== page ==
Muti aims to evoke ‘smiles and tears’ in Vienna New Year’s concert
As Chicago Symphony Orchestra Music Director Riccardo Muti prepares to conduct the 2018 annual Vienna New Year’s Concert that will be heard and seen by as many as a billion people across more than 90 countries, he discusses the behind-the-scenes process, its cultural milieu and considers the melancholic nostalgia embodied in the Viennese waltz with Chicago journalist Dennis Polkow in an all-new radio broadcast from which the following interview was taken. The interview also includes details about a new asteroid named after Muti as well as a look back and ahead at CSO tours and repertoire. (Click here to hear the full interview.) For the Vienna concert, the local air times are Jan. 1 at 8 p.m. CST on WTTW-Channel 11, with repeats on Jan. 2 at 1:30 a.m. and 2 p.m., and on radio, Jan. 1 at 10 a.m. via WFTM-FM (98.7).
It’s an unseasonably warm November afternoon near the end of Riccardo Muti’s late fall Chicago Symphony Orchestra residency, but the music director is already looking weeks ahead to New Year’s Day: “As soon as I get home [to Italy], I have to immediately spend an entire day doing parts,” says Muti. “Where I want there to be repeats, where not, for two hours of music. There are so many details to doing a Vienna New Year’s concert that the public never knows.”
Muti ought to know. He has done four New Year’s concerts with the Vienna Philharmonic Orchestra, the first back in 1993. “We have a long partnership,” says Muti, “47 years together: longer than any other orchestra I have worked with.” That lasting relationship began in 1971 at the Salzburg Festival at the invitation of Herbert von Karajan, then the festival’s artistic director.
In those years, concertmaster Willi Boskovsky led the annual VPO New Year’s concerts, which he did from 1955 until 1979; as general manager and principal conductor of the Vienna State Opera, Lorin Maazel took over from 1980 through 1986, after which a new system emerged where celebrated conductors were brought in annually, beginning with Karajan in 1987.
“When I was first asked to do the New Year’s concert,” Muti recalls, “for several weeks I said ‘no’ and refused to accept because I thought this concert should be conducted by conductors who have the music of the Strauss family or Lanner or Suppé in their blood. I asked, ‘Why should a Neapolitan be on the podium in the Musikverein on the first of January? I am from Napoli, I am not from Vienna.’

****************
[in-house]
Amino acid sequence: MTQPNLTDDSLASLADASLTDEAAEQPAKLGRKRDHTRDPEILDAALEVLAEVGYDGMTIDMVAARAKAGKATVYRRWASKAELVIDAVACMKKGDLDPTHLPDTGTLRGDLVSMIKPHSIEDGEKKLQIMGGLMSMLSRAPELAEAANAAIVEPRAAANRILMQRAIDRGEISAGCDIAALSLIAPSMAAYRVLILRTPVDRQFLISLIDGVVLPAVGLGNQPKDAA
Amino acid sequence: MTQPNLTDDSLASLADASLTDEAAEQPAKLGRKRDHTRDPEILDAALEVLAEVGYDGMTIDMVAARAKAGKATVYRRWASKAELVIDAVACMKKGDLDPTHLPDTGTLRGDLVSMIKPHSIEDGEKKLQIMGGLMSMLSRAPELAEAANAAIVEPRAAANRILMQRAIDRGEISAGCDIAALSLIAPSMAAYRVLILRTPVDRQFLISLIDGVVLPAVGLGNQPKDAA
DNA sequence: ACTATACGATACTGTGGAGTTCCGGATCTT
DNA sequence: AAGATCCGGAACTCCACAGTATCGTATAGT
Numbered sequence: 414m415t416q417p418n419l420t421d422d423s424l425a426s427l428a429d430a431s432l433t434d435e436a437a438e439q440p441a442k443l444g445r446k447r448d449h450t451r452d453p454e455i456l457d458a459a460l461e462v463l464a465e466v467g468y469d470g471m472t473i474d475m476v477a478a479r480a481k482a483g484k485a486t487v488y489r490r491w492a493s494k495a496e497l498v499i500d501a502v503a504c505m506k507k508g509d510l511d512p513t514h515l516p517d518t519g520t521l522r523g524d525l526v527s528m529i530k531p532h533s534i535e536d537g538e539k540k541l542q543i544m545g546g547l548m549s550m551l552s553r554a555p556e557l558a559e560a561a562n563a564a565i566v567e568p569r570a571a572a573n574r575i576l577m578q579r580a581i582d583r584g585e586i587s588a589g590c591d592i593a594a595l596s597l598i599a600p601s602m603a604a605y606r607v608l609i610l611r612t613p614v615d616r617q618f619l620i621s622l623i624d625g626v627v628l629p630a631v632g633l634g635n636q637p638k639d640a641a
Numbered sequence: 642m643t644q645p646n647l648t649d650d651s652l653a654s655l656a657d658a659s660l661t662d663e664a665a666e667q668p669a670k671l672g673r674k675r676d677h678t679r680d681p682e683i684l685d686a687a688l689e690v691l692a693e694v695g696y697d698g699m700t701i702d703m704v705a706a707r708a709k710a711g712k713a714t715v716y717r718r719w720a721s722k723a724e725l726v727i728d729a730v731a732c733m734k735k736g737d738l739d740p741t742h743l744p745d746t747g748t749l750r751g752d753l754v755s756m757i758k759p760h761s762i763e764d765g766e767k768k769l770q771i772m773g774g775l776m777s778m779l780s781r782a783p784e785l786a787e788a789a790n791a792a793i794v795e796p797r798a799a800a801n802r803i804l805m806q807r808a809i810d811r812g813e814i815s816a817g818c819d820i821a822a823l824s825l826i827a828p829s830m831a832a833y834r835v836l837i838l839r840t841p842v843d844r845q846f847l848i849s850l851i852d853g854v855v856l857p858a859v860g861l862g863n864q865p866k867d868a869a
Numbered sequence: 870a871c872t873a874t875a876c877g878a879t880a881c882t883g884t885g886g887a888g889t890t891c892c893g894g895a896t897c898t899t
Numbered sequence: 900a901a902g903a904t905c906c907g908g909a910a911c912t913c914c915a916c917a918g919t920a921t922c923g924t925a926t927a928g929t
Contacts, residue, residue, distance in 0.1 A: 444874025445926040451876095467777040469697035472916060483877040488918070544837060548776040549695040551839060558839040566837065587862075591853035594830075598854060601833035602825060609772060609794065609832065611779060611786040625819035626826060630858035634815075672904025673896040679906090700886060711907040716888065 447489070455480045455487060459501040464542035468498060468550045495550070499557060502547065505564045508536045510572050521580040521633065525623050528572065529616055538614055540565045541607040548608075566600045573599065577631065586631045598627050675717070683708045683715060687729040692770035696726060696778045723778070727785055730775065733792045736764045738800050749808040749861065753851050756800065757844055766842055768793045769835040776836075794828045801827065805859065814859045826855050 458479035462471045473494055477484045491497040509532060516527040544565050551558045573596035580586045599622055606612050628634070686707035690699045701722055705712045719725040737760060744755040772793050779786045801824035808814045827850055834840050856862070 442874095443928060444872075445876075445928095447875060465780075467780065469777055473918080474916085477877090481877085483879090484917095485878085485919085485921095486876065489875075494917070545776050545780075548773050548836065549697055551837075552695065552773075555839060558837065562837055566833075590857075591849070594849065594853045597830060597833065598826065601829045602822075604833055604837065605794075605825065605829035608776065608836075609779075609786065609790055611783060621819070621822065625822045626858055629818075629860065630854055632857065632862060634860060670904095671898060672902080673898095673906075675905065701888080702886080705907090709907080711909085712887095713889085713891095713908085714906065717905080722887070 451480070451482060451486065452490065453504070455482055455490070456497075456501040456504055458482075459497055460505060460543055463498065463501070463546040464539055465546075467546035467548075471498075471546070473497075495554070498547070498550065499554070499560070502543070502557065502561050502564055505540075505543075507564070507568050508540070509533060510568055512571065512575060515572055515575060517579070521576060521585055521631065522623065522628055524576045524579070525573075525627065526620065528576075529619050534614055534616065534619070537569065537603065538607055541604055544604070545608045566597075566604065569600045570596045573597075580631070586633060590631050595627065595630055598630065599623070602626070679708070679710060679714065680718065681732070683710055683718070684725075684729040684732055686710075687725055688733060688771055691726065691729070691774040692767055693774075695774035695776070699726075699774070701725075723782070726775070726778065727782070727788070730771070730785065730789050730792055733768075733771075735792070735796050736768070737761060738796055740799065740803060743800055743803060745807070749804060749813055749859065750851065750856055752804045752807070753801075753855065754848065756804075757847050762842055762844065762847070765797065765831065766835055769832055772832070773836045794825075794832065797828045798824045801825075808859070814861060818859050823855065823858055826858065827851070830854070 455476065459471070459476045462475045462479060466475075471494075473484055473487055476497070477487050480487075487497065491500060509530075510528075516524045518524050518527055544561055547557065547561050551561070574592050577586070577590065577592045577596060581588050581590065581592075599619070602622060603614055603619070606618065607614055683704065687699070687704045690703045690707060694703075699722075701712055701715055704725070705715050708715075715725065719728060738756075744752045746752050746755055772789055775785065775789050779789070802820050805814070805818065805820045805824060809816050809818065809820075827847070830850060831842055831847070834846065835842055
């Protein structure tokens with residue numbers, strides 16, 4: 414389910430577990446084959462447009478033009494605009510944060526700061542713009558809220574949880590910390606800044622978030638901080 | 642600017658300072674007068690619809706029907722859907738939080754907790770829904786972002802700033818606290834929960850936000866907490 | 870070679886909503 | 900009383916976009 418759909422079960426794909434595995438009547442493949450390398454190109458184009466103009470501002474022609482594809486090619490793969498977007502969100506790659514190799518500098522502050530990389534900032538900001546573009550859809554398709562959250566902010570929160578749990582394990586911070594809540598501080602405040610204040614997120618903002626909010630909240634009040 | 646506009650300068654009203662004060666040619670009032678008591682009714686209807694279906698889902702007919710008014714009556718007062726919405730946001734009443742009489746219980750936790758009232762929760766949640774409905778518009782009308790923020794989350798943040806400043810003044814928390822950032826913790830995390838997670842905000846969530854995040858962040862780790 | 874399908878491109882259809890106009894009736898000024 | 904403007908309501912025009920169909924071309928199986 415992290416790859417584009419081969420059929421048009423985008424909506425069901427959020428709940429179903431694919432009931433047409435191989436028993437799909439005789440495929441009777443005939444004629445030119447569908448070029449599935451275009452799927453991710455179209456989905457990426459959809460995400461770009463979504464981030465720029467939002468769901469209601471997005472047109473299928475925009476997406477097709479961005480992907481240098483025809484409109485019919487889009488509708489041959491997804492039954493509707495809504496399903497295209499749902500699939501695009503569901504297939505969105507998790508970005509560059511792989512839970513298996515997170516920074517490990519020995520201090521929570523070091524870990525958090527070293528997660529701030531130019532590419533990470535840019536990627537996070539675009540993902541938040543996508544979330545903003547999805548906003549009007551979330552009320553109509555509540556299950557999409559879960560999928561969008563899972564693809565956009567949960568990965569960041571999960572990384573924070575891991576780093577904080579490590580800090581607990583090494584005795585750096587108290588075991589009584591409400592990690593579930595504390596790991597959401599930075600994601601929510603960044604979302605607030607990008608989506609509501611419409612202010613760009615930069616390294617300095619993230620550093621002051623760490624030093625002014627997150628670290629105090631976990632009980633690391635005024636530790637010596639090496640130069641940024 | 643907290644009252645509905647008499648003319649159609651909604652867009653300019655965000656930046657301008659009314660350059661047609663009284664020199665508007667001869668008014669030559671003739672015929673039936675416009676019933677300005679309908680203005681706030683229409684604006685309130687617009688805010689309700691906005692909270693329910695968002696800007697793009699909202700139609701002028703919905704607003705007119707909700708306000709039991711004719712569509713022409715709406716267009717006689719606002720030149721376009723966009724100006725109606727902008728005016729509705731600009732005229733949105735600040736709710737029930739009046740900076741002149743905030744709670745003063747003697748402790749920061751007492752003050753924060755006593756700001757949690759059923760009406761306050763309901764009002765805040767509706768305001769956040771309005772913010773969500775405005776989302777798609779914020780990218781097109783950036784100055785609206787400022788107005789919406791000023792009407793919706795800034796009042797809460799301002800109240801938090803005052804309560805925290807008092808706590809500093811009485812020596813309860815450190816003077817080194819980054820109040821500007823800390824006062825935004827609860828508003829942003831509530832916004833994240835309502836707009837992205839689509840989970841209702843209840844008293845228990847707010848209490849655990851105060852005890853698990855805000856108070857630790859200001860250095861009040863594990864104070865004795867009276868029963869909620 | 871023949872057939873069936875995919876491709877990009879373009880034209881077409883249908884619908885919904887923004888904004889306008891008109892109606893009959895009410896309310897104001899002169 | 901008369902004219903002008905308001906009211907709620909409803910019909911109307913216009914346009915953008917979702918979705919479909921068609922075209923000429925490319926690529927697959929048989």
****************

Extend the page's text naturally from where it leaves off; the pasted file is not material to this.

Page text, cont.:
“They reminded me that Napoli and Vienna were very much connected culturally, that the Neapolitan school and Viennese school were two very important capitals in the world of music at that time. They also brought up the fact that the Queen of Napoli was Maria Carolina, the daughter of Maria Teresa. So they found all sorts of connections.
“The president of the Vienna Philharmonic said to me, ‘You have just recorded all of the Schubert symphonies with us, and from the way you conduct Schubert, which is the typical Viennese composer, that is the direct path, the door, to Johann Strauss. We musicians of the Vienna Philharmonic feel that you are the right person to do this music.’ ”
That first Muti-led New Year’s concert was such a success that he was offered a second in 1997, and again for 2000, the millennial year, “a great honor,” Muti concedes. “Everybody wanted to do that concert. That was very special not only because of the new millennium, but because for the first time, China was directly connected, so suddenly the number of people who saw the concert was more than 1 billion around the world.
“After 2000, I said, ‘That’s it,’ because all the other concerts seemed less important. But then I accepted in 2004 because they wanted me to do it, but then I stopped. People maybe don’t realize that the New Year’s concert is very demanding, very heavy and tiring for the preparation because you have to learn a lot of music. Despite what people can think, listening to the beautiful melodies of Strauss, it’s not easy music to conduct properly. So after 2004, I said, ‘Basta, that’s it. No more.’ And in fact, I didn’t do any more. But this time, again they came asking, ‘Please, Maestro, do it once more, because it’s been a long time since you have done it.’ So finally, I accepted last year to do this concert.